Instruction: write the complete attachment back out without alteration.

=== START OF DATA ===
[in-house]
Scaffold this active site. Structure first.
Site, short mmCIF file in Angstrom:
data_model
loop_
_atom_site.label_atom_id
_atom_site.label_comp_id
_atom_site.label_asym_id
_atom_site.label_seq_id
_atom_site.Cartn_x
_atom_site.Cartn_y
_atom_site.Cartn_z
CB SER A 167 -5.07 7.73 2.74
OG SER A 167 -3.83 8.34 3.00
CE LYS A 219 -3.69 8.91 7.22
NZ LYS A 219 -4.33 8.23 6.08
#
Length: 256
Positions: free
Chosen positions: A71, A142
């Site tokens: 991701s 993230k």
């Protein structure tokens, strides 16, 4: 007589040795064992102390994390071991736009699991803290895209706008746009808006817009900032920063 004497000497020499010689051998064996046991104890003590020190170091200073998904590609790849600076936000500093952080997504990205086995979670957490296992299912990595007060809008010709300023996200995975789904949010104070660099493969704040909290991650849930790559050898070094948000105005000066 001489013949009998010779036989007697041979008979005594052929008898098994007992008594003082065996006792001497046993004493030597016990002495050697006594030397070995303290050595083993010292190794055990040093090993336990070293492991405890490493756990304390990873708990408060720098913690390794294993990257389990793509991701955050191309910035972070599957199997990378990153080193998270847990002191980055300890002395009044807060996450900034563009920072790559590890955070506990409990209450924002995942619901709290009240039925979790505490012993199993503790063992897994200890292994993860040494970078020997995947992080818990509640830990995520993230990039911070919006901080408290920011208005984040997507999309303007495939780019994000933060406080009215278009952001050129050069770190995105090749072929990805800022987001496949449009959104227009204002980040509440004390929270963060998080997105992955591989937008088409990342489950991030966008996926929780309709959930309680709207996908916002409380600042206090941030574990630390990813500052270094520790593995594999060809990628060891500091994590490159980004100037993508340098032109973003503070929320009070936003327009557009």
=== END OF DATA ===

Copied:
[in-house]
Scaffold this active site. Structure first.
Site, short mmCIF file in Angstrom:
data_model
loop_
_atom_site.label_atom_id
_atom_site.label_comp_id
_atom_site.label_asym_id
_atom_site.label_seq_id
_atom_site.Cartn_x
_atom_site.Cartn_y
_atom_site.Cartn_z
CB SER A 167 -5.07 7.73 2.74
OG SER A 167 -3.83 8.34 3.00
CE LYS A 219 -3.69 8.91 7.22
NZ LYS A 219 -4.33 8.23 6.08
#
Length: 256
Positions: free
Chosen positions: A71, A142
């Site tokens: 991701s 993230k």
């Protein structure tokens, strides 16, 4: 007589040795064992102390994390071991736009699991803290895209706008746009808006817009900032920063 004497000497020499010689051998064996046991104890003590020190170091200073998904590609790849600076936000500093952080997504990205086995979670957490296992299912990595007060809008010709300023996200995975789904949010104070660099493969704040909290991650849930790559050898070094948000105005000066 001489013949009998010779036989007697041979008979005594052929008898098994007992008594003082065996006792001497046993004493030597016990002495050697006594030397070995303290050595083993010292190794055990040093090993336990070293492991405890490493756990304390990873708990408060720098913690390794294993990257389990793509991701955050191309910035972070599957199997990378990153080193998270847990002191980055300890002395009044807060996450900034563009920072790559590890955070506990409990209450924002995942619901709290009240039925979790505490012993199993503790063992897994200890292994993860040494970078020997995947992080818990509640830990995520993230990039911070919006901080408290920011208005984040997507999309303007495939780019994000933060406080009215278009952001050129050069770190995105090749072929990805800022987001496949449009959104227009204002980040509440004390929270963060998080997105992955591989937008088409990342489950991030966008996926929780309709959930309680709207996908916002409380600042206090941030574990630390990813500052270094520790593995594999060809990628060891500091994590490159980004100037993508340098032109973003503070929320009070936003327009557009």